Professor Marci A. Hamilton: More coverage of FFRF brief.
The Freedom From Religion Foundation and several other groups have filed an amicus brief in the Hobby Lobby and Conestoga Wood case challenging the contraception mandate. The brief was written by Marci Hamilton of the Cardozo School of Law and it takes a very aggressive stance, asking the Supreme Court to declare the Religious Freedom Restoration Act, upon which the plaintiffs’ case is largely based, unconstitutional.
This case is testimony to the extreme religious liberty rights accorded to believers by the Religious Freedom Restoration Act at the expense of others. The intense passions about religious freedom and women’s reproductive health in this case have obscured the issue that should be decided before this Court reaches the merits: RFRA is
RFRA is Congress’s overt attempt to takeover this Court’s role in interpreting the Constitution. “Congress enacted RFRA in direct response to the Court’s decision in Employment Div., Dept. of Human Resources of Oregon v. Smith. Accordingly, it “contradicts vital principles necessary to maintain separation of powers . . . .” RFRA also is beyond Congress’s power, as an illegitimate exercise of power under the Commerce Clause.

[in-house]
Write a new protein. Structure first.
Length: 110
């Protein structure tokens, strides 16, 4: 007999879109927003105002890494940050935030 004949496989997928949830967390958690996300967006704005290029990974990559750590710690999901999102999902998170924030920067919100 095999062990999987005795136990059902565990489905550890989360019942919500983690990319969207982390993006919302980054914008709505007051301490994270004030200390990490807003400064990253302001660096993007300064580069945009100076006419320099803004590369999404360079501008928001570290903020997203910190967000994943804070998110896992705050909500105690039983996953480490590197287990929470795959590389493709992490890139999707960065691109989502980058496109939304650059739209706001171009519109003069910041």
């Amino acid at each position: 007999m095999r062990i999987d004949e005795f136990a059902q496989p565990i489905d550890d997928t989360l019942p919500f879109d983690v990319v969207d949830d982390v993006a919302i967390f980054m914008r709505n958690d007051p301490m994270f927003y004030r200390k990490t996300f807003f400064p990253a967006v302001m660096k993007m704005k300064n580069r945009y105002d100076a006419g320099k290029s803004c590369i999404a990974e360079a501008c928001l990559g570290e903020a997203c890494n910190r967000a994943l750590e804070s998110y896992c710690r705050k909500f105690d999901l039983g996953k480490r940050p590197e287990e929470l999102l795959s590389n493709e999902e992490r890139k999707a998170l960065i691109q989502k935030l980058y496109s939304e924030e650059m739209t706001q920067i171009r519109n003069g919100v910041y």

RFRA also accords religious believers extreme religious liberty rights that yield a political and fiscal windfall in violation of the clearest commands of the Establishment Clause in a long line of cases.
The brief offers three grounds for declaring the law unconstitutional. First, that it violates the separation of powers because it overruled a Supreme Court decision, thus encroaching on the authority of the courts to interpret the Constitution. Second, that Congress lacked the constitutional authority to enact the law. And third, that by giving rights to religious believers to be exempted from laws that are enforced on everyone else, it amounts to an establishment of religion and thus violates the First Amendment. I think the third argument is the most persuasive.
Unfortunately, this is almost certainly for naught. The court is extremely unlikely to even address that question and, if they did, I suspect they would uphold the law anyway. Hamilton has long been the most outspoken critic of RFRA and similar laws. You can read the full brief here.